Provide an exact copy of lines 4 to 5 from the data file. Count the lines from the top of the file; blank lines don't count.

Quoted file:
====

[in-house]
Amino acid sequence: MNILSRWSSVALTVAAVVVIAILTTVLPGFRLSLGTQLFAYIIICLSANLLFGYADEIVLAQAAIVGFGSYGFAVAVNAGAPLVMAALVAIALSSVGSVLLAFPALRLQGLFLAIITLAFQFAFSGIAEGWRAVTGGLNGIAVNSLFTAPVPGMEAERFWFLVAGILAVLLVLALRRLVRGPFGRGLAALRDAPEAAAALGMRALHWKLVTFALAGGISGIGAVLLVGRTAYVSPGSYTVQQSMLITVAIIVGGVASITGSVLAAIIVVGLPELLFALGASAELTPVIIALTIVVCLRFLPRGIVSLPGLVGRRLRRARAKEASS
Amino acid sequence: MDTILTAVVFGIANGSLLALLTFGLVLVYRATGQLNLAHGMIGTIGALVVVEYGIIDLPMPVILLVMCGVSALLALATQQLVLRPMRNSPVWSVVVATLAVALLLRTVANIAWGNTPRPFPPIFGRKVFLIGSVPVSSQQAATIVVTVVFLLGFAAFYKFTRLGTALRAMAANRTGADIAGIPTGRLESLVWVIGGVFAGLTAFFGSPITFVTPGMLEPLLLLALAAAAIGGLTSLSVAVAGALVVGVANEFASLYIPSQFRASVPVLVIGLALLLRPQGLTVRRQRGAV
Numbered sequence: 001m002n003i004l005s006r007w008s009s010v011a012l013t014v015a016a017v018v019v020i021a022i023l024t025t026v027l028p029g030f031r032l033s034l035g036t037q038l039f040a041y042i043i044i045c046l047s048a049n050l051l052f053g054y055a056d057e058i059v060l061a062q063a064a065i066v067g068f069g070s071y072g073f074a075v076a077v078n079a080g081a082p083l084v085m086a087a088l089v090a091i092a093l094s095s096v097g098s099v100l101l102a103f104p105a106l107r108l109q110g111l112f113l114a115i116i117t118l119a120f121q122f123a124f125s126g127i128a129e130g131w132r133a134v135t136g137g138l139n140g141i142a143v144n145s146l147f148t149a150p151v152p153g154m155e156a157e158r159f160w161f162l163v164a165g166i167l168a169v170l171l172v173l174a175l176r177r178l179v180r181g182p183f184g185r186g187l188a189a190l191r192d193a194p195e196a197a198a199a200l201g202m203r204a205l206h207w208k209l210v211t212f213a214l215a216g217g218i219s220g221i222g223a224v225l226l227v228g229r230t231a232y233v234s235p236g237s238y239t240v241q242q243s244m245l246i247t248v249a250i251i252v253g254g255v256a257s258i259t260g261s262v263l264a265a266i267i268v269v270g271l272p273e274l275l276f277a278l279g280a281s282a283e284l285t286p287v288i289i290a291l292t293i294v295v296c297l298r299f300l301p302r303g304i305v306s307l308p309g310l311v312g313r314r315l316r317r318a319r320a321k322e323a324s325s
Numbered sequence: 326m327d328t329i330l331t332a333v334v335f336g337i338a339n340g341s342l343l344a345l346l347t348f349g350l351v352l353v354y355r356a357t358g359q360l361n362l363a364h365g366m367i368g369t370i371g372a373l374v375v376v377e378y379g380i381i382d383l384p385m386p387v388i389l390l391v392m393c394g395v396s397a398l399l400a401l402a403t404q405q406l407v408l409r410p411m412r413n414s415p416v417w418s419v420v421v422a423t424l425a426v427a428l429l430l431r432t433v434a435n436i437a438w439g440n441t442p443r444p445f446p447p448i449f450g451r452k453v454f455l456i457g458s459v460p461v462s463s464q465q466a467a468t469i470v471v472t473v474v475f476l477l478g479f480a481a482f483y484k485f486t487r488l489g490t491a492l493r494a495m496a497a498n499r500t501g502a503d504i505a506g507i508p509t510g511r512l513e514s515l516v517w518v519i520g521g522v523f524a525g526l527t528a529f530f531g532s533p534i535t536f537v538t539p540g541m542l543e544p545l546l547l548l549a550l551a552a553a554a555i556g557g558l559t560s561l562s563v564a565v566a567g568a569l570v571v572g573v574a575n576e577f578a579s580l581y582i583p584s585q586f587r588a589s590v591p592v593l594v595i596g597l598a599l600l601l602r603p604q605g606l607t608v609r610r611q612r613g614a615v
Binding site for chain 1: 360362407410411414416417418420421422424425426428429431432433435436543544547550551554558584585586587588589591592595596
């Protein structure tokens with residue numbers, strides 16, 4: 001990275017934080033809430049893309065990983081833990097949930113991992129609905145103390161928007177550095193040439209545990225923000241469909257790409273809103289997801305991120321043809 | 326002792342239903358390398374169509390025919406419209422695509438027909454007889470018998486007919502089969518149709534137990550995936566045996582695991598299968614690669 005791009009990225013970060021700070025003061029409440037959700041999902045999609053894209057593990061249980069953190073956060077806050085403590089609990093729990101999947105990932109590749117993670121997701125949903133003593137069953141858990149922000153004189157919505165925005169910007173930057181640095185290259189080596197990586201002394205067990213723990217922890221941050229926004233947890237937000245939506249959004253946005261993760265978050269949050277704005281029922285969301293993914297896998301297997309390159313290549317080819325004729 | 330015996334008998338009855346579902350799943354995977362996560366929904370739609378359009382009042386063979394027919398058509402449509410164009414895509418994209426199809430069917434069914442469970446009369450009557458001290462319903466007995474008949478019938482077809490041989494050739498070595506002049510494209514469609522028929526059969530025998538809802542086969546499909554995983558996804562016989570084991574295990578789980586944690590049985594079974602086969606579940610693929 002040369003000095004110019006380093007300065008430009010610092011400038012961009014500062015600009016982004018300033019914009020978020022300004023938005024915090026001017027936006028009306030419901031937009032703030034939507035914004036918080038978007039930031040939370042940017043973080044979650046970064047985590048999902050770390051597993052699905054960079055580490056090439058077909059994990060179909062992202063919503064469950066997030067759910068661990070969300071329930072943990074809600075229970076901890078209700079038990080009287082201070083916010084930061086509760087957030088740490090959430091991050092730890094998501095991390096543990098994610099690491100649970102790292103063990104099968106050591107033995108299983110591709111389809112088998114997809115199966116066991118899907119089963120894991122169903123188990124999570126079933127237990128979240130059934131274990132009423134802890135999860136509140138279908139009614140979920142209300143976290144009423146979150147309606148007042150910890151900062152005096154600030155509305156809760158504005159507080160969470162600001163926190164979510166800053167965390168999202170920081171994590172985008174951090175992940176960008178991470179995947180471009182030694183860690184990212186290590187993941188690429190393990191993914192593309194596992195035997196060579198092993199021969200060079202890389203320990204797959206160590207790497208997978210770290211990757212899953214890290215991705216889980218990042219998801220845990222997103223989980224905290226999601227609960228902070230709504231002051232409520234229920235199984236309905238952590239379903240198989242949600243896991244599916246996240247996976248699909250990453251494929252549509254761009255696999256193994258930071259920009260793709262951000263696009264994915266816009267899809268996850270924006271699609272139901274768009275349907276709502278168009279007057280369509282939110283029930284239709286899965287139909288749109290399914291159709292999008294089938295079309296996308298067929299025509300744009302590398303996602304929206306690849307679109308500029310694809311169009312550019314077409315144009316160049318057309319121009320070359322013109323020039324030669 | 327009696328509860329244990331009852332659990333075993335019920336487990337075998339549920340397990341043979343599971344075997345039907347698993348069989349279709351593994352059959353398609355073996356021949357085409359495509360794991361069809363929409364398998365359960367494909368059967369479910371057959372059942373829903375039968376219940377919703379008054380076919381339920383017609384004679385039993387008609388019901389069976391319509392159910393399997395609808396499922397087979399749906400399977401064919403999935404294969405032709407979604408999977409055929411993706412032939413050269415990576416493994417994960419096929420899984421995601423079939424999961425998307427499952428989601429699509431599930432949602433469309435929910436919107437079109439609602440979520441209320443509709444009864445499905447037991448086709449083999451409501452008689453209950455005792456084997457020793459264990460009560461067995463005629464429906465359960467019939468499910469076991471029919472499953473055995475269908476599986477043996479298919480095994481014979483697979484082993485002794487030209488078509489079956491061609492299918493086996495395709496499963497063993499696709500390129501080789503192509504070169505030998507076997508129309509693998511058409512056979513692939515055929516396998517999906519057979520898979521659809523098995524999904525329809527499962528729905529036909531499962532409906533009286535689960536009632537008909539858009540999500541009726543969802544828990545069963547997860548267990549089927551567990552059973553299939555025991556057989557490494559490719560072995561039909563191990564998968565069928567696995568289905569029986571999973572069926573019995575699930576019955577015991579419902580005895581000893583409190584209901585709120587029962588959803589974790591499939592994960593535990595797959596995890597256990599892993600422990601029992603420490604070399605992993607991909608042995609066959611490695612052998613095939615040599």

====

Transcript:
Numbered sequence: 001m002n003i004l005s006r007w008s009s010v011a012l013t014v015a016a017v018v019v020i021a022i023l024t025t026v027l028p029g030f031r032l033s034l035g036t037q038l039f040a041y042i043i044i045c046l047s048a049n050l051l052f053g054y055a056d057e058i059v060l061a062q063a064a065i066v067g068f069g070s071y072g073f074a075v076a077v078n079a080g081a082p083l084v085m086a087a088l089v090a091i092a093l094s095s096v097g098s099v100l101l102a103f104p105a106l107r108l109q110g111l112f113l114a115i116i117t118l119a120f121q122f123a124f125s126g127i128a129e130g131w132r133a134v135t136g137g138l139n140g141i142a143v144n145s146l147f148t149a150p151v152p153g154m155e156a157e158r159f160w161f162l163v164a165g166i167l168a169v170l171l172v173l174a175l176r177r178l179v180r181g182p183f184g185r186g187l188a189a190l191r192d193a194p195e196a197a198a199a200l201g202m203r204a205l206h207w208k209l210v211t212f213a214l215a216g217g218i219s220g221i222g223a224v225l226l227v228g229r230t231a232y233v234s235p236g237s238y239t240v241q242q243s244m245l246i247t248v249a250i251i252v253g254g255v256a257s258i259t260g261s262v263l264a265a266i267i268v269v270g271l272p273e274l275l276f277a278l279g280a281s282a283e284l285t286p287v288i289i290a291l292t293i294v295v296c297l298r299f300l301p302r303g304i305v306s307l308p309g310l311v312g313r314r315l316r317r318a319r320a321k322e323a324s325s
Numbered sequence: 326m327d328t329i330l331t332a333v334v335f336g337i338a339n340g341s342l343l344a345l346l347t348f349g350l351v352l353v354y355r356a357t358g359q360l361n362l363a364h365g366m367i368g369t370i371g372a373l374v375v376v377e378y379g380i381i382d383l384p385m386p387v388i389l390l391v392m393c394g395v396s397a398l399l400a401l402a403t404q405q406l407v408l409r410p411m412r413n414s415p416v417w418s419v420v421v422a423t424l425a426v427a428l429l430l431r432t433v434a435n436i437a438w439g440n441t442p443r444p445f446p447p448i449f450g451r452k453v454f455l456i457g458s459v460p461v462s463s464q465q466a467a468t469i470v471v472t473v474v475f476l477l478g479f480a481a482f483y484k485f486t487r488l489g490t491a492l493r494a495m496a497a498n499r500t501g502a503d504i505a506g507i508p509t510g511r512l513e514s515l516v517w518v519i520g521g522v523f524a525g526l527t528a529f530f531g532s533p534i535t536f537v538t539p540g541m542l543e544p545l546l547l548l549a550l551a552a553a554a555i556g557g558l559t560s561l562s563v564a565v566a567g568a569l570v571v572g573v574a575n576e577f578a579s580l581y582i583p584s585q586f587r588a589s590v591p592v593l594v595i596g597l598a599l600l601l602r603p604q605g606l607t608v609r610r611q612r613g614a615v